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Special recognition for SAISD’s Pittsburgh Courier All-Americans
What: Special recognition for SAISD’s very own Pittsburgh Courier All-Americans
When: Oct. 1 (Thursday), 6:45 p.m.
Where: Alamo Stadium, 110 Tuleta Drive
Three football heroes from San Antonio ISD’s rich and illustrious past will be honored for their contributions to the sport as Pittsburgh Courier All-Americans prior to the kickoff of the Brackenridge and Sam Houston high school football game.
The Pittsburgh Courier All-American Award was the highest recognition an African-American collegiate athlete could receive during the segregated mid-20th century.
Following the completion of Alamo Stadium renovations in 2014, the District began updating its Wall of Fame in the stadium entranceway. Bronze plaques of the players, all of whom were grid-iron greats at the District’s historic Phillis Wheatley High School in the 1940s and 1950s, will now join those representing our College Football Consensus All-Americans in this special place of honor.
On the night of the Sam Houston-Brackenridge football game, we will be pleased to recognize:
- Gentris Hornsby, class of 1955 from Phillis Wheatley High School, was a three-time Courier All-American offensive guard at Prairie View A&M University in 1957, 1958 and 1959.
- William Glosson, class of 1955 from Wheatley HS, was a two-time Courier All-American wide receiver at Texas Southern University at Houston in 1957 and 1958.
- Odin “Odie” Posey, class of 1947 from Wheatley HS, was a Courier All-American running back at Southern University in Baton Rouge, La. in 1949.
The All-American recognition will take place on the 50-yard line, prior to the coin toss for the Brackenridge vs. Sam Houston football game. In addition to a bronze plaque in their honor to be on permanent display at Alamo Stadium, each will be presented a commemorative keepsake plaque.
About the players:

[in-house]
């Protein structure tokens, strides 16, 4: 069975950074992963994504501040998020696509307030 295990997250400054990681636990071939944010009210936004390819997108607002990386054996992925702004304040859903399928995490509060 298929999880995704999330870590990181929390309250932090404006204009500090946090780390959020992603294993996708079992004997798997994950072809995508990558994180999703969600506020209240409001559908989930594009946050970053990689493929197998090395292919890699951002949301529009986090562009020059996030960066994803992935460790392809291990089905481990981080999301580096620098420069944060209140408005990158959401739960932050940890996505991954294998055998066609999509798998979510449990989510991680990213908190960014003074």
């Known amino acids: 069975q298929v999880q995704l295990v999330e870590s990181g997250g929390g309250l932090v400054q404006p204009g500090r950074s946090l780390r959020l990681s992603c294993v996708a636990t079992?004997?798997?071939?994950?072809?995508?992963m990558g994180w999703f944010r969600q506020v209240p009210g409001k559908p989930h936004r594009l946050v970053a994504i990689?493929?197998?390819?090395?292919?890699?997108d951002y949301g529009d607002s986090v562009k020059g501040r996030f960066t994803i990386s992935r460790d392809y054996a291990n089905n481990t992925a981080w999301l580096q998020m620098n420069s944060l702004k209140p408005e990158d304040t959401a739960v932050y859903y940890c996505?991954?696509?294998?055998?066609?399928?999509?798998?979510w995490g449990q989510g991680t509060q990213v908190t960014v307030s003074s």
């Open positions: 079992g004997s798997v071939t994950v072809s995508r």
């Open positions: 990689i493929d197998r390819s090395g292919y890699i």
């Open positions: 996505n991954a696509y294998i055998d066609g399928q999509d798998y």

Hornsby was captain of the 1954 Wheatley Lions team that won a district championship and advanced to the Prairie View Interscholastic League (PVIL) state semifinals. Hornsby starred at Prairie View A&M University where he helped the Panthers win a Black National College Championship in 1958. Hornsby was drafted by the Dallas Texans and Green Bay Packers in 1959. Hornsby went on to become a teacher and coach for 26 years at San Antonio ISD before retiring in 1995.
Glosson was a star receiver for Wheatley before he went on to rewrite the record books at Texas Southern University. In 1958, Glosson set a career-best performance when he caught 22 passes for 270 total yards against Prairie View A&M in the Cotton Bowl. Glosson played professional football in Canada and was later drafted by the Kansas City Chiefs. Glosson served as a coach and administrator for 31 years at Texas Southern. He was best known as an award-winning college golf coach.
Posey was one of the best running backs ever to play at Southern University. During Posey’s four years at Southern (1947-1950), the Jaguars went 46-2-2 and won three Black National College Championships. Posey was a four-year all conference running back and was the national rushing champion in 1949 with 1,399 yards. Posey’s best single game performance came against Florida A&M in 1949 when he ran for 358 total yards and three touchdowns, including 100 yards from scrimmage on the first play of the game. Posey was drafted by the Los Angeles Rams in 1951. Posey was a retired businessman in Baton Rouge.
Glosson and Posey will be awarded posthumously. Glosson’s daughters Kisa Glosson Matthews and Cathy Glosson Allen (both from Houston) will accept the award on behalf of their father. Posey’s high school classmate Alvin Roberts of San Antonio will accept the award on his behalf.